Lets say we have plane wave with $\vec E$ perpendicular to $\vec k$. The dipole term will come from $\vec A\cdot \vec p$. Is the electric field longitudinal in the length gauge for the dipole ...
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2answers
52 views

Is magnetic field of a uniformly moving charge constant everywhere?

As far as I understand, for the field of a uniformly moving charge, curl of $\mathbf E$ is zero everywhere. Since $\nabla \times \mathbf E = -\dfrac{\partial\mathbf B}{\partial t}$, magnetic field ...
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0answers
23 views

Lorentz invariance & Noether theorem of classical ED

I want to check invariance of the action under Lorentz boosts for classical electrodynamics. The action is $$S = \int \mbox{d}^4x F_{\alpha \beta} F^{\alpha \beta} $$ I assumed that the fields ...
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2answers
219 views

Drift Speed and Current in Two Different Inertial Frames

We have a long, cylindrical wire carrying a constant current I in an inertial frame. At a distance of R from the center of the wire, the magnitude of magnetic field is $μI/2πR$. What is the magnitude ...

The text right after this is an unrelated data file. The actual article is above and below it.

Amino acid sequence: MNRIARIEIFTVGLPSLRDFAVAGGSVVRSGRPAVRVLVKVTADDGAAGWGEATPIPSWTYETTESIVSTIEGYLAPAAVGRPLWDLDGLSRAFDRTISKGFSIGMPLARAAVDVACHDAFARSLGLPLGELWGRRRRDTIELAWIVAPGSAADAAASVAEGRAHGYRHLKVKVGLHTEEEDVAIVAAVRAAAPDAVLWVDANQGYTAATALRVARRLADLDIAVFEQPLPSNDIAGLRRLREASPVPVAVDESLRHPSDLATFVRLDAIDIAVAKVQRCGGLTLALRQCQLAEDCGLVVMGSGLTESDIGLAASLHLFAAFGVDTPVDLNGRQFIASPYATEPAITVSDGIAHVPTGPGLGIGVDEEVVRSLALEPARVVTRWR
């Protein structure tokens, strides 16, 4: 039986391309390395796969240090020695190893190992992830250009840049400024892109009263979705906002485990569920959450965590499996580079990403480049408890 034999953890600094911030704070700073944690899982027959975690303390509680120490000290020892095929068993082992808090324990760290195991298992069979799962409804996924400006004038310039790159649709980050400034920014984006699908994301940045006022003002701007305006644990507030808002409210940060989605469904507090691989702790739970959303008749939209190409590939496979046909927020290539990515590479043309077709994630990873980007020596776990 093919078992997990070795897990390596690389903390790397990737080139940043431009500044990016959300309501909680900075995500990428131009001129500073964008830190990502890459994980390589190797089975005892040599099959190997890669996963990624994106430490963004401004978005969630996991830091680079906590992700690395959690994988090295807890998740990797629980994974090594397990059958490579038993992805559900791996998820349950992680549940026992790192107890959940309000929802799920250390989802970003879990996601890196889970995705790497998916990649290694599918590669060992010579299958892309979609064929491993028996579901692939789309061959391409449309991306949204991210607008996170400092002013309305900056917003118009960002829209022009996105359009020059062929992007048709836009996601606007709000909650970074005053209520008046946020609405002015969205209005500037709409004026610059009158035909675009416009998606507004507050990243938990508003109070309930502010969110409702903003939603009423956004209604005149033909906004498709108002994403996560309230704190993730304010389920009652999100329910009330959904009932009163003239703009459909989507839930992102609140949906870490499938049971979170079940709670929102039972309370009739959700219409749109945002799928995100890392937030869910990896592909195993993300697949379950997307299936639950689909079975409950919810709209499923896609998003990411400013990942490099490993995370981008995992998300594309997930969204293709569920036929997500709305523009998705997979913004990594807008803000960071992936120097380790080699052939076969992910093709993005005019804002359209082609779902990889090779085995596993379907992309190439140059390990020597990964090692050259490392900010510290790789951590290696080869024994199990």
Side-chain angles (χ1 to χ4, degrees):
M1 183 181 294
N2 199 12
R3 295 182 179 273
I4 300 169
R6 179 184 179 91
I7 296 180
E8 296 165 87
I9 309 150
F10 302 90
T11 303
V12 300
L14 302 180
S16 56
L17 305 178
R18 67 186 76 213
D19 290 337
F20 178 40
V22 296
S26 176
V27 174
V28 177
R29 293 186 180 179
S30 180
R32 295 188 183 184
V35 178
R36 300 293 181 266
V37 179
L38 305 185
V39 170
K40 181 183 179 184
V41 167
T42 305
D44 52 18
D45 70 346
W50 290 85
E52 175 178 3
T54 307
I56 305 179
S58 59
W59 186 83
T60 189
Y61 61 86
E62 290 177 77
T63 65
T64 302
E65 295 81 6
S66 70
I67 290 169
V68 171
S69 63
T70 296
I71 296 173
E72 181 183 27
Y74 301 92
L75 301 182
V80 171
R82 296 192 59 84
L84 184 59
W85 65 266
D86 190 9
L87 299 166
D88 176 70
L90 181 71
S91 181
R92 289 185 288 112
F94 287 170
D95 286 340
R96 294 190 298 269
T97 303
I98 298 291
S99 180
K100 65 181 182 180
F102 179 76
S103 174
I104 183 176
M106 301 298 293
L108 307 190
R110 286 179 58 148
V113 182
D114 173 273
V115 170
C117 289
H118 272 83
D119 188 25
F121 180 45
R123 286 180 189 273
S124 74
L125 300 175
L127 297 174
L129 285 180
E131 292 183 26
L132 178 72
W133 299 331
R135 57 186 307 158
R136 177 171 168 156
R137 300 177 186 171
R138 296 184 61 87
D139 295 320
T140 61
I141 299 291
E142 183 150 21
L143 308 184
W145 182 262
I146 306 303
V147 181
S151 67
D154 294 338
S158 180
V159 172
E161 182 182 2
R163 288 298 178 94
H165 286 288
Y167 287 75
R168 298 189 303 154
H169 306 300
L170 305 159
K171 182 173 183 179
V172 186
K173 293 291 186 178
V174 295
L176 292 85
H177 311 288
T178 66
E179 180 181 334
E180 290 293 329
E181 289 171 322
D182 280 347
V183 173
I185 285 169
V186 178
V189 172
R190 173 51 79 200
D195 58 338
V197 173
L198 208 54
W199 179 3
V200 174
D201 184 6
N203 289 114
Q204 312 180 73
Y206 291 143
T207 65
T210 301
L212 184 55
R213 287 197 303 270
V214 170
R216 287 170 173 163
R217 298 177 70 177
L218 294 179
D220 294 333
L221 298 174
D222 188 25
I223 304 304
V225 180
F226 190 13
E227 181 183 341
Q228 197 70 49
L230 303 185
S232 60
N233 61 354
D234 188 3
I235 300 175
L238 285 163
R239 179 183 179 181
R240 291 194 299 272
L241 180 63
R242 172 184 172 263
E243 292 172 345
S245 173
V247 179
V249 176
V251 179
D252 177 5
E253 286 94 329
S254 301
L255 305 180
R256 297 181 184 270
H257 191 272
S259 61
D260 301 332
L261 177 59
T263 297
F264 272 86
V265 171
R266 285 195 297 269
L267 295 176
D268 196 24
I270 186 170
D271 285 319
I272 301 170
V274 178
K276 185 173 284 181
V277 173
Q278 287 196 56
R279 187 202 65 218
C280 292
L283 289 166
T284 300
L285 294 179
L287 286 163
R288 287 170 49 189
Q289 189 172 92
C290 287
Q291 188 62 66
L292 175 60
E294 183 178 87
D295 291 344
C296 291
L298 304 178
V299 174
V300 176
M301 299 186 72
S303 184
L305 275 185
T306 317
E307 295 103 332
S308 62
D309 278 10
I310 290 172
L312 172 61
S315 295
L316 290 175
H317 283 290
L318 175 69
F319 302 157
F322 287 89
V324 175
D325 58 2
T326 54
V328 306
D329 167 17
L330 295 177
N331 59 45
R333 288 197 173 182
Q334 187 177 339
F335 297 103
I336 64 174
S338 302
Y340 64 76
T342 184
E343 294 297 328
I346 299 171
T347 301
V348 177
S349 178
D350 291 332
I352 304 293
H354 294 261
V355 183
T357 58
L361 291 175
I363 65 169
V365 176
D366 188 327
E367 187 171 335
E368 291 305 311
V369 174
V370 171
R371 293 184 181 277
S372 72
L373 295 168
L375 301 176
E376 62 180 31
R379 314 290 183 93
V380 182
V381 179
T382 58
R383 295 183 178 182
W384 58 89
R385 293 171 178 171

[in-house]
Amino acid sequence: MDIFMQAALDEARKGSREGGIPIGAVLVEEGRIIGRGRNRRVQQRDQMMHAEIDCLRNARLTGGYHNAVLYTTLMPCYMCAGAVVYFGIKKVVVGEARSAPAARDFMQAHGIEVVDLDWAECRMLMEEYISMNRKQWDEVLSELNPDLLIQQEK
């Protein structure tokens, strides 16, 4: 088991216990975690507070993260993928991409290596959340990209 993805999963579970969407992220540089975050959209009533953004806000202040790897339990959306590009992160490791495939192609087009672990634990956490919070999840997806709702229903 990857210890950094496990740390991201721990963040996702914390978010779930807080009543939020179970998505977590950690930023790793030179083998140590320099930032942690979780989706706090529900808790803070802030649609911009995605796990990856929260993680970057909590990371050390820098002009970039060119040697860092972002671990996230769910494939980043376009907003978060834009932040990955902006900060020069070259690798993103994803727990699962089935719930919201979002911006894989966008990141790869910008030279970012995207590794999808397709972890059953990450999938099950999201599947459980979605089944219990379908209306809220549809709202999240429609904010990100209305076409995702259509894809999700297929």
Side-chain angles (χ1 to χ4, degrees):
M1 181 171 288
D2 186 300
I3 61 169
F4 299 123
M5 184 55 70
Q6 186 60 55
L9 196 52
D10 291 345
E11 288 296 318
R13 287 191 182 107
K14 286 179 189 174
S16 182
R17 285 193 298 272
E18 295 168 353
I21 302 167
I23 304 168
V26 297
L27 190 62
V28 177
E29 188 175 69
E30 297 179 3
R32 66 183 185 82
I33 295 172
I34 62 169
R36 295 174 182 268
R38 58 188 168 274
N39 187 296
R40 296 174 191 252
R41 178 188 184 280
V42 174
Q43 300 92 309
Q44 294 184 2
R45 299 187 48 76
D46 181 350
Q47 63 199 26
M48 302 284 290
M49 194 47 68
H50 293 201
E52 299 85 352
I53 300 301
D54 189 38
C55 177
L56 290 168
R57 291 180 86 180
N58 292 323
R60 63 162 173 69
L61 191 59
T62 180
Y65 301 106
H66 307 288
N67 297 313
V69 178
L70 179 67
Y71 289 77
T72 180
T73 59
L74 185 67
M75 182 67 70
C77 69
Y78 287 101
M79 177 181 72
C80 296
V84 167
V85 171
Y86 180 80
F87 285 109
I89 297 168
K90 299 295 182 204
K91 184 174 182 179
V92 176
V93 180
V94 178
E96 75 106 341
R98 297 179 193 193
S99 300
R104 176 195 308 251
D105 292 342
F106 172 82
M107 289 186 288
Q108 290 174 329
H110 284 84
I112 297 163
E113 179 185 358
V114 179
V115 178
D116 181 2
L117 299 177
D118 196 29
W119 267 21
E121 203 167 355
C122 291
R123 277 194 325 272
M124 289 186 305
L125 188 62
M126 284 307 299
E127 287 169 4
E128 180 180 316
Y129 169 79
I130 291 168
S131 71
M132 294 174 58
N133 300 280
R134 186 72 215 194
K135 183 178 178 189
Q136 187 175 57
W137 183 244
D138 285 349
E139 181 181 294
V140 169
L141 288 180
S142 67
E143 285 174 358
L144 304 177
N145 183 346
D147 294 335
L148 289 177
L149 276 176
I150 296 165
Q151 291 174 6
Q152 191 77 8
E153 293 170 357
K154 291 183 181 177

2
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2answers
175 views

Momentum around an accelerated electron

Assume that an electron is accelerated along the +x-axis. The electron will radiate electromagnetic energy and momentum in every direction. But it seems to me that the EM momentum it radiates in ...
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9answers
13k views
0
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0answers
43 views

Gradient of Greens function

This question is about Jackson's equation (10.75) and (10.77) I don't know the step in between these two equations.I'm not sure what our unit vector $n'$ will be here and how can we take gradient of ...
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3answers
176 views

Maxwell's equations - underdetermined - uniqueness

Maxwell's equations can be seen as two dynamical equations (the two curl equations), and two constraint equations (the two divergence equations). So we have 6 unknowns ($E_x,E_y,E_z,B_x,B_y,B_z$). ...
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2answers
22 views

Electric charge and and cylindre